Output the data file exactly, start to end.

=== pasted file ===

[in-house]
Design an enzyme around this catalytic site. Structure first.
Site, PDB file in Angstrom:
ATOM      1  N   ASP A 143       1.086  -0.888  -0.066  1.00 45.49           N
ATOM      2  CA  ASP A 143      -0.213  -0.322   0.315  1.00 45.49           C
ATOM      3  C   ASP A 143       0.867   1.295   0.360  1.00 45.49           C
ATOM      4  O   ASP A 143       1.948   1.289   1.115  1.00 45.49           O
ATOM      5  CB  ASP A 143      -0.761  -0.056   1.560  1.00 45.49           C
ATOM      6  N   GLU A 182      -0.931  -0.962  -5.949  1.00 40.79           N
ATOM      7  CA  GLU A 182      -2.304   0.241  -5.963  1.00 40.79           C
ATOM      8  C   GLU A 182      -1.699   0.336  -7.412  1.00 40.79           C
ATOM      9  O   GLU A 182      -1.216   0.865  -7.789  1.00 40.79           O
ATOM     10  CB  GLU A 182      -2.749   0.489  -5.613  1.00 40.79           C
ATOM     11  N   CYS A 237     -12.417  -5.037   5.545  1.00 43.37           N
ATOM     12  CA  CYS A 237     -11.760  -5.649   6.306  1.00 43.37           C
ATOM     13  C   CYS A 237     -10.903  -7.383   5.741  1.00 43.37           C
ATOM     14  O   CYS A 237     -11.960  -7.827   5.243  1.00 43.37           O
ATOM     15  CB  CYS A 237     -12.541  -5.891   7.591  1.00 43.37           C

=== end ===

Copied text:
[in-house]
Design an enzyme around this catalytic site. Structure first.
Site, PDB file in Angstrom:
ATOM      1  N   ASP A 143       1.086  -0.888  -0.066  1.00 45.49           N
ATOM      2  CA  ASP A 143      -0.213  -0.322   0.315  1.00 45.49           C
ATOM      3  C   ASP A 143       0.867   1.295   0.360  1.00 45.49           C
ATOM      4  O   ASP A 143       1.948   1.289   1.115  1.00 45.49           O
ATOM      5  CB  ASP A 143      -0.761  -0.056   1.560  1.00 45.49           C
ATOM      6  N   GLU A 182      -0.931  -0.962  -5.949  1.00 40.79           N
ATOM      7  CA  GLU A 182      -2.304   0.241  -5.963  1.00 40.79           C
ATOM      8  C   GLU A 182      -1.699   0.336  -7.412  1.00 40.79           C
ATOM      9  O   GLU A 182      -1.216   0.865  -7.789  1.00 40.79           O
ATOM     10  CB  GLU A 182      -2.749   0.489  -5.613  1.00 40.79           C
ATOM     11  N   CYS A 237     -12.417  -5.037   5.545  1.00 43.37           N
ATOM     12  CA  CYS A 237     -11.760  -5.649   6.306  1.00 43.37           C
ATOM     13  C   CYS A 237     -10.903  -7.383   5.741  1.00 43.37           C
ATOM     14  O   CYS A 237     -11.960  -7.827   5.243  1.00 43.37           O
ATOM     15  CB  CYS A 237     -12.541  -5.891   7.591  1.00 43.37           C